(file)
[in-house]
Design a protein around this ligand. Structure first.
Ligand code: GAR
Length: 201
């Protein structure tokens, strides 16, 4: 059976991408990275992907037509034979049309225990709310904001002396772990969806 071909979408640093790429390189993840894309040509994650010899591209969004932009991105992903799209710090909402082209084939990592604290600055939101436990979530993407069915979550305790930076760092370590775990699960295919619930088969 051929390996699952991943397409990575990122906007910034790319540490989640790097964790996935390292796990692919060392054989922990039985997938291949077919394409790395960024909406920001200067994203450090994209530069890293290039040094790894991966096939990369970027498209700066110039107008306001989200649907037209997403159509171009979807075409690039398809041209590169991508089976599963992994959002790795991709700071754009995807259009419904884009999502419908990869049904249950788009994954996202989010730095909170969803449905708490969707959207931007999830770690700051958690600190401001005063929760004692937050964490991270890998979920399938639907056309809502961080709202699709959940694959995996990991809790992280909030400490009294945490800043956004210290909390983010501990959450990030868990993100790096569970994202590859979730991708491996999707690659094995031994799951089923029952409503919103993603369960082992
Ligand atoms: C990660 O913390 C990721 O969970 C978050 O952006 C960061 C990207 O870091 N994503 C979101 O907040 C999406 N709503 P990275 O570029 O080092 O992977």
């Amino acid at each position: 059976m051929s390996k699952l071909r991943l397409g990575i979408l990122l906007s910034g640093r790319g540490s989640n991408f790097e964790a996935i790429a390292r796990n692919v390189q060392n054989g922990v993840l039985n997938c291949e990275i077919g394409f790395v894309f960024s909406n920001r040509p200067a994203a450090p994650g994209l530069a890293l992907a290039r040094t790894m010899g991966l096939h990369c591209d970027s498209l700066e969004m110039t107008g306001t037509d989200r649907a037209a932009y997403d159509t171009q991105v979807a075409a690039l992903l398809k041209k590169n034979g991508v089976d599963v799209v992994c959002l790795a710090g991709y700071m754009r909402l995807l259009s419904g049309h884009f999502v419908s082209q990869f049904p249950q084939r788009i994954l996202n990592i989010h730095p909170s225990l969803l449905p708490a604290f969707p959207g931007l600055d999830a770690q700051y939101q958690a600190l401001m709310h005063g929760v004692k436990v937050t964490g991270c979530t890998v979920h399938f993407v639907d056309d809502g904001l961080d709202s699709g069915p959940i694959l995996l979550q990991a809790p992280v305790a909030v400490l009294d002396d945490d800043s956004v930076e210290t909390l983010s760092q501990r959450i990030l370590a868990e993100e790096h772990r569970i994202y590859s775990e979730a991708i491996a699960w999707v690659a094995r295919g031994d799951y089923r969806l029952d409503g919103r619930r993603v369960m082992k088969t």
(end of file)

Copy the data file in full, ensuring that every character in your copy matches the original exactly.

[in-house]
Design a protein around this ligand. Structure first.
Ligand code: GAR
Length: 201
């Protein structure tokens, strides 16, 4: 059976991408990275992907037509034979049309225990709310904001002396772990969806 071909979408640093790429390189993840894309040509994650010899591209969004932009991105992903799209710090909402082209084939990592604290600055939101436990979530993407069915979550305790930076760092370590775990699960295919619930088969 051929390996699952991943397409990575990122906007910034790319540490989640790097964790996935390292796990692919060392054989922990039985997938291949077919394409790395960024909406920001200067994203450090994209530069890293290039040094790894991966096939990369970027498209700066110039107008306001989200649907037209997403159509171009979807075409690039398809041209590169991508089976599963992994959002790795991709700071754009995807259009419904884009999502419908990869049904249950788009994954996202989010730095909170969803449905708490969707959207931007999830770690700051958690600190401001005063929760004692937050964490991270890998979920399938639907056309809502961080709202699709959940694959995996990991809790992280909030400490009294945490800043956004210290909390983010501990959450990030868990993100790096569970994202590859979730991708491996999707690659094995031994799951089923029952409503919103993603369960082992
Ligand atoms: C990660 O913390 C990721 O969970 C978050 O952006 C960061 C990207 O870091 N994503 C979101 O907040 C999406 N709503 P990275 O570029 O080092 O992977």
């Amino acid at each position: 059976m051929s390996k699952l071909r991943l397409g990575i979408l990122l906007s910034g640093r790319g540490s989640n991408f790097e964790a996935i790429a390292r796990n692919v390189q060392n054989g922990v993840l039985n997938c291949e990275i077919g394409f790395v894309f960024s909406n920001r040509p200067a994203a450090p994650g994209l530069a890293l992907a290039r040094t790894m010899g991966l096939h990369c591209d970027s498209l700066e969004m110039t107008g306001t037509d989200r649907a037209a932009y997403d159509t171009q991105v979807a075409a690039l992903l398809k041209k590169n034979g991508v089976d599963v799209v992994c959002l790795a710090g991709y700071m754009r909402l995807l259009s419904g049309h884009f999502v419908s082209q990869f049904p249950q084939r788009i994954l996202n990592i989010h730095p909170s225990l969803l449905p708490a604290f969707p959207g931007l600055d999830a770690q700051y939101q958690a600190l401001m709310h005063g929760v004692k436990v937050t964490g991270c979530t890998v979920h399938f993407v639907d056309d809502g904001l961080d709202s699709g069915p959940i694959l995996l979550q990991a809790p992280v305790a909030v400490l009294d002396d945490d800043s956004v930076e210290t909390l983010s760092q501990r959450i990030l370590a868990e993100e790096h772990r569970i994202y590859s775990e979730a991708i491996a699960w999707v690659a094995r295919g031994d799951y089923r969806l029952d409503g919103r619930r993603v369960m082992k088969t």